Thursday, April 14, 2022

Microstory 1864: That’s It

Here’s a story for ya. You can either choose to believe it or not, but I’m telling you, it happened, and it happened to me. My father and his father did not have a good relationship. According to what little my mother was able to relay to me, they fought all the time when he was young, and then they just stopped talking completely. I don’t know what they were so angry at each other over, but whatever it was, it’s the reason I never met my grandfather. When he died, he left no one to go to his funeral, let alone plan it. I decided to take up the responsibility of putting him to rest. Because hey, if my dad wouldn’t tell me what the guy did that was so wrong, he couldn’t expect me to hate him as much as he did. Four hundred bucks gets you a bag of your loved one’s ashes, and that’s pretty much it. I didn’t hold a service, and I didn’t buy a fancy urn. I just kept it in the cardboard box that the guy at the morgue went out of his way to tell me was included free of charge, and walked away with the rest of his personal effects. And when I say effects, I really just mean the one thing. Besides his pajamas—which he died in, and I didn’t want back—the only possession he had was a key around his neck. Per the paperwork, he lived only a few blocks from my childhood home, which makes the whole thing even sadder. I took that key, drove to my grandfather’s house, and unlocked the door. The place was immaculate. No dust, no dirt, no smudges on the windows. It looked like it had just been cleaned, but it couldn’t have, because it was missing the smell of cleaning chemicals. Oh, and everything else. Like the man himself, the only thing in the house was a key, hanging from the chain for the entryway light. I tried it on every interior door, but it didn’t work anywhere. It didn’t even fit. I had to investigate, which was harder back then, because my phone couldn’t magically spit out information about it just by taking a picture, like my grandson’s does. He showed me that once.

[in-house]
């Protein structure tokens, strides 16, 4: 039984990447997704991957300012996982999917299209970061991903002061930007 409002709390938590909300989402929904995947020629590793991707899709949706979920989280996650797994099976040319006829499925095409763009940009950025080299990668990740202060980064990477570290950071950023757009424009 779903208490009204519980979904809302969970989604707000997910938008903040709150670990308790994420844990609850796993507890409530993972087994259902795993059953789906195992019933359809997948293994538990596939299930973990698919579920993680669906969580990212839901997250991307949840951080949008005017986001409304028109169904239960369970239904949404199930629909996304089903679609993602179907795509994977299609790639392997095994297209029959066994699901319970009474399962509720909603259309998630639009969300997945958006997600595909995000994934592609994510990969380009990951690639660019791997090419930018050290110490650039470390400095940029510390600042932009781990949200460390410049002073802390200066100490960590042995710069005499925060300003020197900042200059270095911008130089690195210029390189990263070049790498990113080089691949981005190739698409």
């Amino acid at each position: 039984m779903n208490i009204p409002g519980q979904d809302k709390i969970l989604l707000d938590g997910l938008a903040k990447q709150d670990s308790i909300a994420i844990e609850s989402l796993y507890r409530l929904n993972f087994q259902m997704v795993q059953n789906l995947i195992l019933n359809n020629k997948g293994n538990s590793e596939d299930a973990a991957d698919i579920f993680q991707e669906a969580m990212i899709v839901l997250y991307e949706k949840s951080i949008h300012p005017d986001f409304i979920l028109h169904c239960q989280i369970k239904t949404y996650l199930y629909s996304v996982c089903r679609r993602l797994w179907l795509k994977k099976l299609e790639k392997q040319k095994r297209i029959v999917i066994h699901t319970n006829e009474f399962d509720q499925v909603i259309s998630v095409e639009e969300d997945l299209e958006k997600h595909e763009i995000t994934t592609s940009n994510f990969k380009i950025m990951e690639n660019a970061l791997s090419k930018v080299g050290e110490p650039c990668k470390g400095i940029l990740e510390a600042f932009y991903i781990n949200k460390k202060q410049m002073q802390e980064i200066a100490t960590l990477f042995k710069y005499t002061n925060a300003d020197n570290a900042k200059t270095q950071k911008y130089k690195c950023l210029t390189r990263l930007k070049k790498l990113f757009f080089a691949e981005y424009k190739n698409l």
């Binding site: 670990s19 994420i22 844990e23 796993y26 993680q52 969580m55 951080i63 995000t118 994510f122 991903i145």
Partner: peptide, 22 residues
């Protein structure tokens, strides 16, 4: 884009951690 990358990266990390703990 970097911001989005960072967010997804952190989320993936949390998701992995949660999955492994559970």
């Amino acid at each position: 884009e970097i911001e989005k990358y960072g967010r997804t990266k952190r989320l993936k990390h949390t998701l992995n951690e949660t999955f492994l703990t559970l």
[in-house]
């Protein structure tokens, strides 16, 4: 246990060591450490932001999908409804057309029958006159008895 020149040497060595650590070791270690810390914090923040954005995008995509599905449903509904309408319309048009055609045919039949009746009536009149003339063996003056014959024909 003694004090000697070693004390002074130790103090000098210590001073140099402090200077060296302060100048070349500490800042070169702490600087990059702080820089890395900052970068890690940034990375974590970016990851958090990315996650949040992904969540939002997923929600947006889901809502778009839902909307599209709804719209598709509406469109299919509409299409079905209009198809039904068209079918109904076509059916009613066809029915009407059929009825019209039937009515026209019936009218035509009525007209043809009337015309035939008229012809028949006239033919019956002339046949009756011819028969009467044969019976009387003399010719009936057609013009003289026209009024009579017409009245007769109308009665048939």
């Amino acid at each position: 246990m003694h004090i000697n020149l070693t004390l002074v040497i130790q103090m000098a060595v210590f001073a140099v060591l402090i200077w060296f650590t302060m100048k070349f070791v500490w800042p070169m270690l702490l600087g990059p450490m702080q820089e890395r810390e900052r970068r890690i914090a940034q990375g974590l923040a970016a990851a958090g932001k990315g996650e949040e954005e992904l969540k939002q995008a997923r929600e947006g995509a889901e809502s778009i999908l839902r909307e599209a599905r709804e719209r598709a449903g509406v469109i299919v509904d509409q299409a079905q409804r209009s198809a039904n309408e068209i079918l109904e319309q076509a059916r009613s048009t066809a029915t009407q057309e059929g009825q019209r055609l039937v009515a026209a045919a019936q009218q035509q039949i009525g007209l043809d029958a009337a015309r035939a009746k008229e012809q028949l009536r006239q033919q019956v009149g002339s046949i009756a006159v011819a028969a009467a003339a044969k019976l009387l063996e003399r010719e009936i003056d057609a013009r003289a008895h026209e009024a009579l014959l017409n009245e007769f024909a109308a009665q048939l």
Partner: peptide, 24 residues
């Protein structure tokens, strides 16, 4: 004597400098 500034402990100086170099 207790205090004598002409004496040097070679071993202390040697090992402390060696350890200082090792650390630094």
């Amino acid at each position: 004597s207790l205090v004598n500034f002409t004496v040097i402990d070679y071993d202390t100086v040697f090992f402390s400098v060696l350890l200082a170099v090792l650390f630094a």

I went to three locksmiths until one happened to recognize it. It belonged to a storage facility on the edge of town. Most facilities require that the renter use their own lock, but this particular location prided itself in excellent security. Their keys couldn’t be copied, and you couldn’t use it unless you were already on the list of people allowed to access the unit. Still, I figured I might as well go check it out in case they made an exception. They didn’t have to. Their records showed that I was on the list, as was my grandfather, and nobody else. He left this all for me. Whatever was in there, it must have been pretty special. Was it a pristine collection of rare figurines worth millions? Did he just leave me a chest of actual millions? Could it be a creepy, ominous freezer, inside of which was the dead body of his archnemesis? I just kept thinking of all the amazing things that could be waiting for me, and nothing was even close to what I ended up finding when I opened that roll up door. Was this it? I was about to run back to the office to ask for a flashlight, but the guy who signed me in had followed me, and had one at the ready. I switched it on, and shined it all over the unit. “Any secret entrances?” I asked. No, this was it. Both of the neighboring units were recently emptied, in between renters. This. Was. It. On the floor in the center of the unit was a key, like someone had dropped it without noticing. But it wasn’t just any key. It was the key to my parents’ house. It looked exactly like the one on my keychain. All that anticipation just to learn that my mom had given him access to our house in case of emergency, and he had never used it. That’s it.

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